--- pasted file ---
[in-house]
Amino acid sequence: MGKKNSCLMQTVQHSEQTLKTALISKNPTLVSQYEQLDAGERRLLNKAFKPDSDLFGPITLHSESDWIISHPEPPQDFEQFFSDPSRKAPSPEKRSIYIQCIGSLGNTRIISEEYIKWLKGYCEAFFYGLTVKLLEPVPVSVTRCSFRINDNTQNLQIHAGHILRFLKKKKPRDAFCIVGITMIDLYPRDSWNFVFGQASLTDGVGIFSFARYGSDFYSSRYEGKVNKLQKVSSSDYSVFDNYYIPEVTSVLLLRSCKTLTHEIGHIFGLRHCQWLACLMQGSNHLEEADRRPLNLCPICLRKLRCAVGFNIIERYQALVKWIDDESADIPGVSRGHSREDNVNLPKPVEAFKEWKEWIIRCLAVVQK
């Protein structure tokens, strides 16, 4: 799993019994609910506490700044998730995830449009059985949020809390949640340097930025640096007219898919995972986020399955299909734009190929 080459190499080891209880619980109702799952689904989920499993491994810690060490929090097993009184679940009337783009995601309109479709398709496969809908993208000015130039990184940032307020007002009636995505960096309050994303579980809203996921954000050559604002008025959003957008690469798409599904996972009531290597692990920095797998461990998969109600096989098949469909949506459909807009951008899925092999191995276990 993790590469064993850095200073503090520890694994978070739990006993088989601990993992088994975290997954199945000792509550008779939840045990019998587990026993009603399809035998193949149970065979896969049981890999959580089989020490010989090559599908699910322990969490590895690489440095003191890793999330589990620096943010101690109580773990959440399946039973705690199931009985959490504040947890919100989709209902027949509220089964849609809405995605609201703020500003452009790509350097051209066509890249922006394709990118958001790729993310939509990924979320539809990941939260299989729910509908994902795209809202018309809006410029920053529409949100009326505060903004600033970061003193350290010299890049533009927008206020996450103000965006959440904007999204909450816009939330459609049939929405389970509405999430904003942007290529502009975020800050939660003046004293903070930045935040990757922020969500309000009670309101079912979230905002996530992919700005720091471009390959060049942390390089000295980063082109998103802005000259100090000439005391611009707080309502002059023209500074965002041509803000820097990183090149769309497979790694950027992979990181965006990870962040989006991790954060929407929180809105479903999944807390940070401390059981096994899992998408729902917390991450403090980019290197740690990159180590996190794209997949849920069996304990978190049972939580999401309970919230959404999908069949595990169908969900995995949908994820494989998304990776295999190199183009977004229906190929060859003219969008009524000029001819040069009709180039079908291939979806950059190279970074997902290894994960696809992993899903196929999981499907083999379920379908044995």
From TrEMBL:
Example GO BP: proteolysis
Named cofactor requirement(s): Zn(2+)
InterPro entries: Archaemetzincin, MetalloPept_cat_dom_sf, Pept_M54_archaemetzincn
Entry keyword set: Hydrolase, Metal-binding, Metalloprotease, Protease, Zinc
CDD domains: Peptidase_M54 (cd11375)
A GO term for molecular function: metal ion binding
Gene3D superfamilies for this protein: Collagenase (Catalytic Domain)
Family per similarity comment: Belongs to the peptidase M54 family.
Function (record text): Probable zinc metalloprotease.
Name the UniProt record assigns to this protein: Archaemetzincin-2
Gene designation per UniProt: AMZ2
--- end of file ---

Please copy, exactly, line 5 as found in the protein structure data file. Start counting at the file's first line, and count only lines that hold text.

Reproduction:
Example GO BP: proteolysis